Spam Control Considered Harmful
Scott Hazen Mueller
zorch at orbit.hooked.net
Wed Oct 29 20:55:20 UTC 1997
>From: Phil Lawlor <phil at agis.net>
Welcome to the discussion, Phil.
>>a large-scale re-structuring of Internet mail to provide for secure
>>authentication and cost sharing for received e-mail.
>What if the equivalent of "caller ID" was built into sendmail? Making sure
>that the sender is a valid email address.
It's a necessary precondition, but not sufficient by itself. Also, simple
address verification may or may not be enough. There is no statute or case
law that makes the owner of an address legally liable for the mail emitting
from there - this could be an issue for claims of forgery and the like.
The above notwithstanding, assume for the sake of argument that one could
develop and deploy a secure mail system that authenticated message origin to
the account level. This would meet the first requirement, and could
*possibly* be the infrastructure for building the second. However, limiting
anonymity likely wouldn't provide a strong deterrent by itself, since spammers
could still run through multiple non-anonymous dialup accounts over the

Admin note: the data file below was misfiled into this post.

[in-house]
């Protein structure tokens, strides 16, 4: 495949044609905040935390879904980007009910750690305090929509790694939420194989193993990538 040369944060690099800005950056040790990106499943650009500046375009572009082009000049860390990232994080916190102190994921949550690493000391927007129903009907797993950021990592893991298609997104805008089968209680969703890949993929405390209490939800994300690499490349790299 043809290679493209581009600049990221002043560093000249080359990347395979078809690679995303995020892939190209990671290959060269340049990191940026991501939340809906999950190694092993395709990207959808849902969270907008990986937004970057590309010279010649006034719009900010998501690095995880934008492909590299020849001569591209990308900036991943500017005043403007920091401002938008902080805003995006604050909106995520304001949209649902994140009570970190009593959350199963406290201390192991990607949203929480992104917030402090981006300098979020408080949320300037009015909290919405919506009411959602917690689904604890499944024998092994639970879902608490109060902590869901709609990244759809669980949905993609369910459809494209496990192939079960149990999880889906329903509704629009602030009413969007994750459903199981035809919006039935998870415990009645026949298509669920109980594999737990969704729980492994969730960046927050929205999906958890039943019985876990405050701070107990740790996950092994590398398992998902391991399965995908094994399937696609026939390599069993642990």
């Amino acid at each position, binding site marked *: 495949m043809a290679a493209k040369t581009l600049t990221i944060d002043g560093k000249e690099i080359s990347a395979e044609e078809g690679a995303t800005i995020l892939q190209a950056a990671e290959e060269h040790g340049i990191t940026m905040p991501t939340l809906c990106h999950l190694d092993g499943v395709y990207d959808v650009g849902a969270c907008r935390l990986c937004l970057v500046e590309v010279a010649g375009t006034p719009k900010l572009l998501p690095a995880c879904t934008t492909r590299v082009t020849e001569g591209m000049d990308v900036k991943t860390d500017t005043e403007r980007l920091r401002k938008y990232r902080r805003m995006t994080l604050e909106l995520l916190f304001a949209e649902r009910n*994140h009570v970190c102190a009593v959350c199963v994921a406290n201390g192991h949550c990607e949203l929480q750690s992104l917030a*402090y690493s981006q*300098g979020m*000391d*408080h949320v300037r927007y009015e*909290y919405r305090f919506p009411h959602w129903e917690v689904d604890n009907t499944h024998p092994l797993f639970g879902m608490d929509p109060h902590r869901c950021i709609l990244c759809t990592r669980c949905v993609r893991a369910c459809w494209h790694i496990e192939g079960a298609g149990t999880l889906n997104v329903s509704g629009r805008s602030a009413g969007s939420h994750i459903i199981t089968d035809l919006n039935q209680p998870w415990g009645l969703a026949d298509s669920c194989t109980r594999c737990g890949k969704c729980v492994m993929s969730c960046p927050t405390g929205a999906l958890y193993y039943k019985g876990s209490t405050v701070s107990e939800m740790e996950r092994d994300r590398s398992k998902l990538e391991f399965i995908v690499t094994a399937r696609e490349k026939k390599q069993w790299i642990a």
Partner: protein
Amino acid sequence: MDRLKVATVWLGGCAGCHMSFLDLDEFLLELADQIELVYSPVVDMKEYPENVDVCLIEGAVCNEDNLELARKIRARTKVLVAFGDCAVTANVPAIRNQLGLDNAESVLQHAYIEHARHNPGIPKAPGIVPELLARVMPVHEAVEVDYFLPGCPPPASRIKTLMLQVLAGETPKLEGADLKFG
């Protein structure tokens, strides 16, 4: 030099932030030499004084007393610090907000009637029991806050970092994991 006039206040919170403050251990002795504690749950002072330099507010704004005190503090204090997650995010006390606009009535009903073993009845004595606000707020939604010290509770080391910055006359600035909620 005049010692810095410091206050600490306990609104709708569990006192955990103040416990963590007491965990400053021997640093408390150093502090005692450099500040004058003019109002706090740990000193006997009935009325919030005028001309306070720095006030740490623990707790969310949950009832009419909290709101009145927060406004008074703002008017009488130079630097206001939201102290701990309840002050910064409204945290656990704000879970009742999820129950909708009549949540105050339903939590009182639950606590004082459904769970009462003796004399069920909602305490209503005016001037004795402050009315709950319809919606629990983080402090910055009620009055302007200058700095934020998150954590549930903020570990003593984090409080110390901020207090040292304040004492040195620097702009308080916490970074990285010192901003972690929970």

lifetime of a spam campaign.
The other piece that would be needed - in this technological solution world -
would be a fast, secure universal electronic payment system such that each
mail message would be accompanied by some offer of payment. A friend or some
other previous acquaintance would presumably send messages with a 0 cent
payment and assume that you would recognize their name and address and accept
the message anyway. An advertiser would include some amount and you - or your
filters - would decide to accept or reject the message based on that and
possibly some other tagging information.
The scheme has generally not been sketched in much further detail because the
deployment issues typically overwhelm any discussion.
Scott Hazen Mueller zorch at wenet.net +1 415 281 6550 x269
Vice President Engineering, Whole Earth Networks (Hooked and The Well)
More information about the NANOG